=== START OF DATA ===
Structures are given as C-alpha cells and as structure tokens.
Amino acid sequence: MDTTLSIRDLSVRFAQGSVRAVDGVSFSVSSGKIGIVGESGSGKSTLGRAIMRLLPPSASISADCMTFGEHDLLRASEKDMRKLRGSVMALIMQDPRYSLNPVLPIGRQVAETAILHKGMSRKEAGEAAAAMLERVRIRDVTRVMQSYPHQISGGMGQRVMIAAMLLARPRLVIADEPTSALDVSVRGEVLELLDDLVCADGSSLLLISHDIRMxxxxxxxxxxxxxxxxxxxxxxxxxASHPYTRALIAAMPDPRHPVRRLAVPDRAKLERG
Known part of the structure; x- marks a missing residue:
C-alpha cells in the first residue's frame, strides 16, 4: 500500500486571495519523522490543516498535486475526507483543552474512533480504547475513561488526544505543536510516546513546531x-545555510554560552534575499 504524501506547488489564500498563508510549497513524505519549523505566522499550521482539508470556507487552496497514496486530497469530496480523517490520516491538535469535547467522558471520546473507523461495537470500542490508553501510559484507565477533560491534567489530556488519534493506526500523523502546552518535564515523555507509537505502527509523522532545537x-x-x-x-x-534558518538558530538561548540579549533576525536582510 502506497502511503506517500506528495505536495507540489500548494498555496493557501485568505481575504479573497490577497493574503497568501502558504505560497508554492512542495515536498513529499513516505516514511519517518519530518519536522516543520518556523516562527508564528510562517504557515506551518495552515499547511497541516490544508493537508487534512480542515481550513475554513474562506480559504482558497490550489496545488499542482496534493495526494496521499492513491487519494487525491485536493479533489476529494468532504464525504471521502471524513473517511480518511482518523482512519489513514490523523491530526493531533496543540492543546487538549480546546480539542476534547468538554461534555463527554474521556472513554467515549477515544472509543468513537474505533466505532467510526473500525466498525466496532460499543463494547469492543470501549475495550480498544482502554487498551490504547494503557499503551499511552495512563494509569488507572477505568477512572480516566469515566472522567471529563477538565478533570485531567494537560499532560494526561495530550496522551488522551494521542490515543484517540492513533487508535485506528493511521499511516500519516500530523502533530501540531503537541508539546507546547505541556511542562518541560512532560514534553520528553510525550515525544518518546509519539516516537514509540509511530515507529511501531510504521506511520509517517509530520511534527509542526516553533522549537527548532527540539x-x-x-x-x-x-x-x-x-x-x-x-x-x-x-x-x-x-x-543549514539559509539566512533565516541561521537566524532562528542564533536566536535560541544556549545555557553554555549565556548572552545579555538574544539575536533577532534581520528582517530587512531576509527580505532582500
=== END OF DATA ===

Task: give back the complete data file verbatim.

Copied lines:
Structures are given as C-alpha cells and as structure tokens.
Amino acid sequence: MDTTLSIRDLSVRFAQGSVRAVDGVSFSVSSGKIGIVGESGSGKSTLGRAIMRLLPPSASISADCMTFGEHDLLRASEKDMRKLRGSVMALIMQDPRYSLNPVLPIGRQVAETAILHKGMSRKEAGEAAAAMLERVRIRDVTRVMQSYPHQISGGMGQRVMIAAMLLARPRLVIADEPTSALDVSVRGEVLELLDDLVCADGSSLLLISHDIRMxxxxxxxxxxxxxxxxxxxxxxxxxASHPYTRALIAAMPDPRHPVRRLAVPDRAKLERG
Known part of the structure; x- marks a missing residue:
C-alpha cells in the first residue's frame, strides 16, 4: 500500500486571495519523522490543516498535486475526507483543552474512533480504547475513561488526544505543536510516546513546531x-545555510554560552534575499 504524501506547488489564500498563508510549497513524505519549523505566522499550521482539508470556507487552496497514496486530497469530496480523517490520516491538535469535547467522558471520546473507523461495537470500542490508553501510559484507565477533560491534567489530556488519534493506526500523523502546552518535564515523555507509537505502527509523522532545537x-x-x-x-x-534558518538558530538561548540579549533576525536582510 502506497502511503506517500506528495505536495507540489500548494498555496493557501485568505481575504479573497490577497493574503497568501502558504505560497508554492512542495515536498513529499513516505516514511519517518519530518519536522516543520518556523516562527508564528510562517504557515506551518495552515499547511497541516490544508493537508487534512480542515481550513475554513474562506480559504482558497490550489496545488499542482496534493495526494496521499492513491487519494487525491485536493479533489476529494468532504464525504471521502471524513473517511480518511482518523482512519489513514490523523491530526493531533496543540492543546487538549480546546480539542476534547468538554461534555463527554474521556472513554467515549477515544472509543468513537474505533466505532467510526473500525466498525466496532460499543463494547469492543470501549475495550480498544482502554487498551490504547494503557499503551499511552495512563494509569488507572477505568477512572480516566469515566472522567471529563477538565478533570485531567494537560499532560494526561495530550496522551488522551494521542490515543484517540492513533487508535485506528493511521499511516500519516500530523502533530501540531503537541508539546507546547505541556511542562518541560512532560514534553520528553510525550515525544518518546509519539516516537514509540509511530515507529511501531510504521506511520509517517509530520511534527509542526516553533522549537527548532527540539x-x-x-x-x-x-x-x-x-x-x-x-x-x-x-x-x-x-x-543549514539559509539566512533565516541561521537566524532562528542564533536566536535560541544556549545555557553554555549565556548572552545579555538574544539575536533577532534581520528582517530587512531576509527580505532582500